The official website of the Elkhorn Slough Foundation and Elkhorn Slough National Estuarine Research Reserve
Elkhorn Slough Research: Early Detection for Aquatic Invaders

Help us keep watch for the two dozen "least wanted" invaders! Familiarize yourself with these unwanted aliens, and help us to better protect the rich native coastal biodiversity of central California!

If you represent a coastal organization that would be interested in involving your members or staff in this program, contact Kerstin Wasson to receive a free shipment of booklets, flyers, and a CD providing background on aquatic invasions.

To learn which non-native aquatic species have already been recorded from the Elkhorn Slough, Monterey Bay National Marine Sanctuary and surrounding coastal uplands, click here to download an Excel table summarizing these results (.xls file, 32KB).

Download the Aquatic Invaders booklet (.pdf file, 811KB).

Keeping watch for "least wanted" invaders

The Elkhorn Slough National Estuarine Research Reserve, in partnership with the Elkhorn Slough Foundation and the Monterey Bay National Marine Sanctuary, and with funding from California Sea Grant, has established an early detection program for aquatic alien invaders. The goal of this program is to detect new invasions of problematic non-native aquatic organisms early enough to allow for successful eradication.

Background on aquatic invasions

"Alien,""non-indigenous,""non-native," or "introduced" species are those moved far beyond their natural ranges by human activities. Aquatic species are transported between bioregions by activities such as commercial shipping and oyster culturing, and can spread within a region due to local boat traffic and dispersal of larvae on currents. Aquatic invasions have been extremely common in recent decades, and are continuing at a rapid pace. Estuaries are particularly highly invaded; those with big ports often have hundreds of non-native species established in them. Many non-native species may have relatively minor influences on the communities they invade. Some, however, have dramatic negative impacts. Our early detection program focuses on such species, whose negative effects have been demonstrated elsewhere. These non-native species may have impacts at a variety of scales. Invaders have been shown to cause local extinction of native competitors or prey organisms, alteration of community composition or food webs, change in physical habitat structure, and even alteration of energy or material flux through whole ecosystems.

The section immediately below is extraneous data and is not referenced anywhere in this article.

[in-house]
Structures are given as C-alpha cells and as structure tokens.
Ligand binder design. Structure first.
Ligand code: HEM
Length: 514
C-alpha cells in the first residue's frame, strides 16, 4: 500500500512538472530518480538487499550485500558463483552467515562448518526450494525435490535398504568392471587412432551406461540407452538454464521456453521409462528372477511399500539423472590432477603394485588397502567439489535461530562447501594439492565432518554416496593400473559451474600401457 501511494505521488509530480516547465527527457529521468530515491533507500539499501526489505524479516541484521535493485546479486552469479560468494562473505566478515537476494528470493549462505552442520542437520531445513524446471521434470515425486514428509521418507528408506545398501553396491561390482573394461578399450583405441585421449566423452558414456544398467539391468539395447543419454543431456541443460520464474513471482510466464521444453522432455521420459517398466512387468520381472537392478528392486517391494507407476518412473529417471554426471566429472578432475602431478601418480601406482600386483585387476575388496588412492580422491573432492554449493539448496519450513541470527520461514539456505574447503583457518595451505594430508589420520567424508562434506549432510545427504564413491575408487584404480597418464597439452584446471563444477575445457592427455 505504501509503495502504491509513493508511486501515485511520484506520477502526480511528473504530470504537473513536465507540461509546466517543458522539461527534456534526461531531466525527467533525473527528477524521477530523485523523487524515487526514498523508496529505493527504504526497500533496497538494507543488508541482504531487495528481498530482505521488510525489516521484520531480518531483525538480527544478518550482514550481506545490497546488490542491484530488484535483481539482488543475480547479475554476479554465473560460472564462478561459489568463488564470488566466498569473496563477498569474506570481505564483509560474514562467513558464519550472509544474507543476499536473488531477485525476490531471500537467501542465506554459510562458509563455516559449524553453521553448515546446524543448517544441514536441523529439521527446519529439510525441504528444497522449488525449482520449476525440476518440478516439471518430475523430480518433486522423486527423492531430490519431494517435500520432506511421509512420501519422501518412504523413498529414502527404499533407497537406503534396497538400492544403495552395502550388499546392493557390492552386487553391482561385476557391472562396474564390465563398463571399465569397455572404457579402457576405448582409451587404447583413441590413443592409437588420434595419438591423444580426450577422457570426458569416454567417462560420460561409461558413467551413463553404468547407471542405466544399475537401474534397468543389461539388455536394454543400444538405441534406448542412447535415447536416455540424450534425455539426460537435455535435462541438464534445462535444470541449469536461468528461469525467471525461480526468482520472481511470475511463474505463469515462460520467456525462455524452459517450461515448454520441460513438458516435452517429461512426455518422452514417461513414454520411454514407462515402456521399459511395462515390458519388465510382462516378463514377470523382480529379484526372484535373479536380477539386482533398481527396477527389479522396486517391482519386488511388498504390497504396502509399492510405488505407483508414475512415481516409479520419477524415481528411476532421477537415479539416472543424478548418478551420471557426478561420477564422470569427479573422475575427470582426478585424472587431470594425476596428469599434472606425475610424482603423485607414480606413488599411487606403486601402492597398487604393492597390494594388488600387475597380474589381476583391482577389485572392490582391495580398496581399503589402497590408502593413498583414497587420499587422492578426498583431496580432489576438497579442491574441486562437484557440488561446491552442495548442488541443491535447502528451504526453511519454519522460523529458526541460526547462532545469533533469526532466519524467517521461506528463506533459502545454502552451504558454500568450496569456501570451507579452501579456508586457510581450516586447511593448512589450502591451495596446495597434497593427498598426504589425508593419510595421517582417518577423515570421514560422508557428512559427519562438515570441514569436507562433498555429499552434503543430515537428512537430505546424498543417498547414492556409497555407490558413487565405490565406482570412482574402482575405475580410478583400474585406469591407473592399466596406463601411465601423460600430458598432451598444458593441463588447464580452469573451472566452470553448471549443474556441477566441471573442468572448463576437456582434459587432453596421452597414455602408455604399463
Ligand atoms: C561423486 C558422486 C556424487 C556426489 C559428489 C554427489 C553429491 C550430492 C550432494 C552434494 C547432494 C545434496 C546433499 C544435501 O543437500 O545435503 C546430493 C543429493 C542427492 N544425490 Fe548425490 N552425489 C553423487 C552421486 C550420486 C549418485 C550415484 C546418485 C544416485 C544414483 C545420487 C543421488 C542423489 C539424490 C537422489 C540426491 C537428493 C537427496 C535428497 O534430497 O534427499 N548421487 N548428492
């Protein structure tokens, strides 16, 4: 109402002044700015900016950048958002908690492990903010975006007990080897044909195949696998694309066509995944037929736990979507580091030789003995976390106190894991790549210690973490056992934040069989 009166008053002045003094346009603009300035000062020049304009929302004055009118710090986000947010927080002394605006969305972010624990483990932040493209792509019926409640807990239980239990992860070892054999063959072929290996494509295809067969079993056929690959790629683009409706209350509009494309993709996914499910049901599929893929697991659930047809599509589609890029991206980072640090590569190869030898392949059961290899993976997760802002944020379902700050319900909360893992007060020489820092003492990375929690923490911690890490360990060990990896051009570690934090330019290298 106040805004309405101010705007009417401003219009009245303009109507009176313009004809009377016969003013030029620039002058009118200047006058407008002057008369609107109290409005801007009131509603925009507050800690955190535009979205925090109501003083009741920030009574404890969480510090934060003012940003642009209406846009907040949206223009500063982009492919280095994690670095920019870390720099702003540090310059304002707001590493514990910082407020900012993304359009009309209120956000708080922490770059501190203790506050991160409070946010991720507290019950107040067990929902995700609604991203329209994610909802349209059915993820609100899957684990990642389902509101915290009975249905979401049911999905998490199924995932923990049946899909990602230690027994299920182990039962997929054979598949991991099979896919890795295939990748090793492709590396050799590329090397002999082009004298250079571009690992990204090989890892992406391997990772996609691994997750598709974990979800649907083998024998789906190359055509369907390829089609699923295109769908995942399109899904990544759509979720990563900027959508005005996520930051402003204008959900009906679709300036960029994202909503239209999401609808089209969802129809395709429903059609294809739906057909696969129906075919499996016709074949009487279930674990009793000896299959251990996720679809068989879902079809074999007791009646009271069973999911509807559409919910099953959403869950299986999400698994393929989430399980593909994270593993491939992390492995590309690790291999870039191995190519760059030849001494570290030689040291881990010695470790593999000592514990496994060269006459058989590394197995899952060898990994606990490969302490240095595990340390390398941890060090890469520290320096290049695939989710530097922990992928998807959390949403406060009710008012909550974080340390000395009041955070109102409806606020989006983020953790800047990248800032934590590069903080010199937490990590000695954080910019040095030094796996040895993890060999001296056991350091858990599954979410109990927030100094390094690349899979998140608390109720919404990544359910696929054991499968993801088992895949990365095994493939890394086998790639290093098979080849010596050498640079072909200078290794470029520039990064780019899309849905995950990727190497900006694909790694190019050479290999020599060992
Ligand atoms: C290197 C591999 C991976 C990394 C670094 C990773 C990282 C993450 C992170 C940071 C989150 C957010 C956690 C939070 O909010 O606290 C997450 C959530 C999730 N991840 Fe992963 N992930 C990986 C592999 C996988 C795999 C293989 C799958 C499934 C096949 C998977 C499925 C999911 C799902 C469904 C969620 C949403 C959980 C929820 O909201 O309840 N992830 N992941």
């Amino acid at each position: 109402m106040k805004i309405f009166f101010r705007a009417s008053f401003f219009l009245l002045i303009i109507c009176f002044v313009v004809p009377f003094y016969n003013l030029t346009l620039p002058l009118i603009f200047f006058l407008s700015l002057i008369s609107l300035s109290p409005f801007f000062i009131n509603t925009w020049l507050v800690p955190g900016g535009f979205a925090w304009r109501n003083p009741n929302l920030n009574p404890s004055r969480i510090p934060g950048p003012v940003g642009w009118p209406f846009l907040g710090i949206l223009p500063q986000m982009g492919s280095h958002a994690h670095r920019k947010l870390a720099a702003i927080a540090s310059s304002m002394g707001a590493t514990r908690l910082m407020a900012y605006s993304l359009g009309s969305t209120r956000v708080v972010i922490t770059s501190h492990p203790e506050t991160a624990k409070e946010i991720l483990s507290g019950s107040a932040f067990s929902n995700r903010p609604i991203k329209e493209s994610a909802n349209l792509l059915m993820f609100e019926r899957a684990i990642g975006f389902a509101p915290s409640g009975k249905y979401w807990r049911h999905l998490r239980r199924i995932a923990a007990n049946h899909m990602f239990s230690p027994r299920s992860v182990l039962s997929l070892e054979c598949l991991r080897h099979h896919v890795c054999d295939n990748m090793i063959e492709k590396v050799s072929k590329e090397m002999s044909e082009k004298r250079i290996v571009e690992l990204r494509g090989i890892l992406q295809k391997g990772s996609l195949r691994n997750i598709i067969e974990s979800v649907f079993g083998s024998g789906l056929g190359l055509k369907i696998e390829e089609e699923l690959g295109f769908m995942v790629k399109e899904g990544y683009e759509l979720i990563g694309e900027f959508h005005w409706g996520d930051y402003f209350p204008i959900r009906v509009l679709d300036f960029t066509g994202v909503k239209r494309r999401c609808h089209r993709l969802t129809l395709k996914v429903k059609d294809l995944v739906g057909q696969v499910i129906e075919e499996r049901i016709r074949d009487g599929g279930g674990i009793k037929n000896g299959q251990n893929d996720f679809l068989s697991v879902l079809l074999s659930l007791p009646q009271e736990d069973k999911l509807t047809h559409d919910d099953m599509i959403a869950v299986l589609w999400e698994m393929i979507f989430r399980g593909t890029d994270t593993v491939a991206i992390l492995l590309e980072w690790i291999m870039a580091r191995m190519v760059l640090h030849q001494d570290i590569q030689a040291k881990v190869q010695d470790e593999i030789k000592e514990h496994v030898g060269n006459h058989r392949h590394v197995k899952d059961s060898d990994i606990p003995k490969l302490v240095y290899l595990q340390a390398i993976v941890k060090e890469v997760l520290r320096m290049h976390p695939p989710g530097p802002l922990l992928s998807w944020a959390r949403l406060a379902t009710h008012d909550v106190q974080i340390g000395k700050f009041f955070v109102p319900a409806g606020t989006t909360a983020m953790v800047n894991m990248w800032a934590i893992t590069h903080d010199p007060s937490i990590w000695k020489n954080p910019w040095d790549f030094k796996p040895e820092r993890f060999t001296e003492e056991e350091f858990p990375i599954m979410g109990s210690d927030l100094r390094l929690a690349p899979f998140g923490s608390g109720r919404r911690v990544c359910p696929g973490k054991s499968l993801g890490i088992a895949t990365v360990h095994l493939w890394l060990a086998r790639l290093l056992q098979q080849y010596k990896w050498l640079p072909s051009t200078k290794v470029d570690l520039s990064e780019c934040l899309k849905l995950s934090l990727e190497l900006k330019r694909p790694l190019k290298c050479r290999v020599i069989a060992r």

Green Crab - Elkhorn Slough Invasive Species
This European green crab species is already established
in the slough. Help us keep out other aquatic invaders.

Biological invasions of marine habitats, and particularly estuaries, are occurring at an accelerating rate. The ecological threats posed by some alien species rival those of pollution or anthropogenic habitat destruction, and are among the greatest resource management challenges for estuarine ecosystems. Once widespread and abundant, aquatic invaders are extremely difficult, if not impossible to eradicate. However, if they are detected soon after initial establishment, removal efforts can be successful. Such management depends on early detection of new invasions within this window of opportunity.